Saturday 5 May 2018

Being an Advocate.

There is a chain of thought circulating in the Autism community, mainly from Autistic Adults, that parents especially if they are Neurotypical should not be advocating for their Autistic children.

There are a number of groups on various social media sites where this topic of being an advocate is commonly discussed. And let me say that the discussions have become very heated very quickly. Particularly when a parent, who the Actually Autistic members believe is a Neurotypical, comments. Oh my, it is one way to get members fired up!

The thought chain is that an Actually Autistic adult should be advocating for Autistic children or that the Autistic children should be advocating for themselves because no one knows Autism better than an Actually Autistic individual.

Now I have a huge issue with this topic and here is my counter-argument!

These Actually Autistic adults know their Autism, they don't know a thing about my little superheroes Autism. Quite often they will admit that they don't yet have children as well.

So what gives them the authority to tell me how to parent my children? What gives them the authority to tell me that I should not be advocating for my children?

Firstly - I'm not Neurotypical. I may not have an official ASD diagnosis but the comments from my little superheroes psychologists and pediatrician is that I am on the spectrum. So technically speaking, I could be considered as Actually Autistic.

Secondly - Sure Actually Autistic (with a confirmed diagnosis) adult community, I'm going to allow someone who knows absolutely nothing about my children be their advocate. Because that would work really well. Not.

Thirdly - If I allow my little superheroes to fully advocate for themselves, I know what the outcome would be.

L will advocate for no school. Ever. He is enjoying school but there are still days when he just does not want to go. His days would be filled with no school, watching his beloved superheroes on television, lots of trampoline time and Nutella sandwiches.

O would go to school and it would be all about science, maths and reading. And if she wasn't at school, she'd have her nose buried in a book. There would be very little social interaction.

At the present moment in time, both O and L have voices but they've yet to find their self advocate voice. They're yet to gain the ability to stand up for what they need to succeed at school and in the community around them.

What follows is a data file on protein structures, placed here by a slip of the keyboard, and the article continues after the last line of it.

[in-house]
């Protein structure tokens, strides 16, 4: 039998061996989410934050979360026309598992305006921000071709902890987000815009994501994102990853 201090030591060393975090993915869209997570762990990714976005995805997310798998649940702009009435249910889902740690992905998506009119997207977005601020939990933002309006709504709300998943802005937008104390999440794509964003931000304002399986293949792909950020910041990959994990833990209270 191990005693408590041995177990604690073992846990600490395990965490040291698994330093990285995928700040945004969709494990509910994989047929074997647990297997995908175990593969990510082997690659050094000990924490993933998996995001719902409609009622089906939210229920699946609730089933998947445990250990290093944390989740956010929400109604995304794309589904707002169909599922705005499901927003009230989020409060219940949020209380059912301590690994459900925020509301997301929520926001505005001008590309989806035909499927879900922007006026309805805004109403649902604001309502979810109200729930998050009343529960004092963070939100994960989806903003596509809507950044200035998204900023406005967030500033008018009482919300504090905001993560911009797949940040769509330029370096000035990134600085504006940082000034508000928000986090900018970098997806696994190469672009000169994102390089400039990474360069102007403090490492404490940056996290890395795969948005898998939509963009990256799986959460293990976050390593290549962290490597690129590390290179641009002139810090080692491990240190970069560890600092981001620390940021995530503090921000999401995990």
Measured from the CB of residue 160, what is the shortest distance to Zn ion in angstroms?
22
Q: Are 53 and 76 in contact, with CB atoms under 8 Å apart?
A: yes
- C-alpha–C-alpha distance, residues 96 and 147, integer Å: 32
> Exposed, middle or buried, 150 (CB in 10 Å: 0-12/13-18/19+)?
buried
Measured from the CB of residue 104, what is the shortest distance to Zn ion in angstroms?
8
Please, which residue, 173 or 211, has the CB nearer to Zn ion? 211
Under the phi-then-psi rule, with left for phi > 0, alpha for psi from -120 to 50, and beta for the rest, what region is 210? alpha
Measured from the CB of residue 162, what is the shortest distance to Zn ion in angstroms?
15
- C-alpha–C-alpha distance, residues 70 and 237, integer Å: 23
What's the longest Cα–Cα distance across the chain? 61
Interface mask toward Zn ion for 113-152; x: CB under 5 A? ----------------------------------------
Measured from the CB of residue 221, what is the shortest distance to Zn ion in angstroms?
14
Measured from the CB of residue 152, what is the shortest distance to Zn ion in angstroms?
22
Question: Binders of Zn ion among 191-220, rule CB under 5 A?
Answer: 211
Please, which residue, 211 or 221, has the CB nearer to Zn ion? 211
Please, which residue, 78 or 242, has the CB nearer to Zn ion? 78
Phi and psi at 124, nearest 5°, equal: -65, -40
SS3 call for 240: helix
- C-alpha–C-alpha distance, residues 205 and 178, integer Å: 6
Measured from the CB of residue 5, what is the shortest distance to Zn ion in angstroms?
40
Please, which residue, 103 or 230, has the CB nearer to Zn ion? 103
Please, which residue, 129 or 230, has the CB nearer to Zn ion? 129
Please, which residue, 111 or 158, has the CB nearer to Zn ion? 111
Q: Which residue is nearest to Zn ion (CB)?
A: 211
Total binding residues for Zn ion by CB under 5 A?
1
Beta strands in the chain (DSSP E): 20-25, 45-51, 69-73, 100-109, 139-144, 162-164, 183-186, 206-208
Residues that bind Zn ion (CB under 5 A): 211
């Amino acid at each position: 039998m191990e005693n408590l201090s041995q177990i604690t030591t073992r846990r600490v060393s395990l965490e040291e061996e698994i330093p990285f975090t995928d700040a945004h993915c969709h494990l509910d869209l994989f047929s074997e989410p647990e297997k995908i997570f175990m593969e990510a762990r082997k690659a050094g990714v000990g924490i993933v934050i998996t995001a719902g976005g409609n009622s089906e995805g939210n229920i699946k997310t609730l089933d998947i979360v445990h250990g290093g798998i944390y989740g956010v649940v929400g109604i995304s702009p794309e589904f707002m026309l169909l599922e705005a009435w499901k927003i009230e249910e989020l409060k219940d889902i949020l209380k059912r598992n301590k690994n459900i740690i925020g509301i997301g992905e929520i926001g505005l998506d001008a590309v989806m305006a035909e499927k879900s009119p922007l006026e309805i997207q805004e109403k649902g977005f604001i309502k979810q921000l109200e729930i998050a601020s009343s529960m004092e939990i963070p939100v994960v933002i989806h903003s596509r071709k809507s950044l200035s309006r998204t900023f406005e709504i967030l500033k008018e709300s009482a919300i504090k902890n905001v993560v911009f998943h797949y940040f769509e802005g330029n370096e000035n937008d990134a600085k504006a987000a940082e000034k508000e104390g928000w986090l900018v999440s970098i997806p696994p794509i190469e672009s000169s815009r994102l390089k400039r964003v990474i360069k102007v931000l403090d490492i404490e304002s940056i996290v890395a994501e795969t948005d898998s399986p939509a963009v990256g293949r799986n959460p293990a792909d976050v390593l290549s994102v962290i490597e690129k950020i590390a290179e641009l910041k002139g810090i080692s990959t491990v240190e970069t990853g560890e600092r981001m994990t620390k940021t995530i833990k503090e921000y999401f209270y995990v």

Don't get me wrong, the best people to be driving conversations about Autism are individuals who have been diagnosed with ASD. But when it comes to being an advocate, an Actually Autistic adult is not necessarily the best person for the role.

As their Mum, I know my little superheroes better than anyone else - well, so does Daddy Superhero. We as their parents are their best advocate.

I always talk with my little superheroes and gain their input. I gain their opinions, their ideas and their thoughts on most major decisions involving them. I ensure that they are speaking for themselves as much as possible and that their needs are being heard. That is what advocacy is. I am not speaking for them, I am speaking on their behalf.

I may not be able to see, think and feel how they see life but I do know their Autism.

I know my little superheroes Autism better than their teachers and therapists and anyone within the Actually Autistic community.

And if you look it at this topic from another angle - it is incredibly offensive for an individual, regardless of whether the individual is Neurotypical or not, to tell a parent how they should be parenting their children or to tell them that you think that what they are doing is wrong. This is inappropriate and totally uncalled for on all sorts of levels. If you would take offense at being told how you should or shouldn't raise children, please do not tell a parent that they shouldn't be an advocate for their child.

So to the Actually Autistic community, no matter what you say or what insults that you throw at me, I will continue to be an advocate for as long as O and L need or want me to be in that role because at this present point in time, I am the best person for the role as their advocate.

Why? Because that is my role as a parent. To be an advocate for my children.

No comments:

Post a Comment

I would love to hear your thoughts on my blog. I do read all the comments that are posted. Thanks so much for stopping by. Jen xx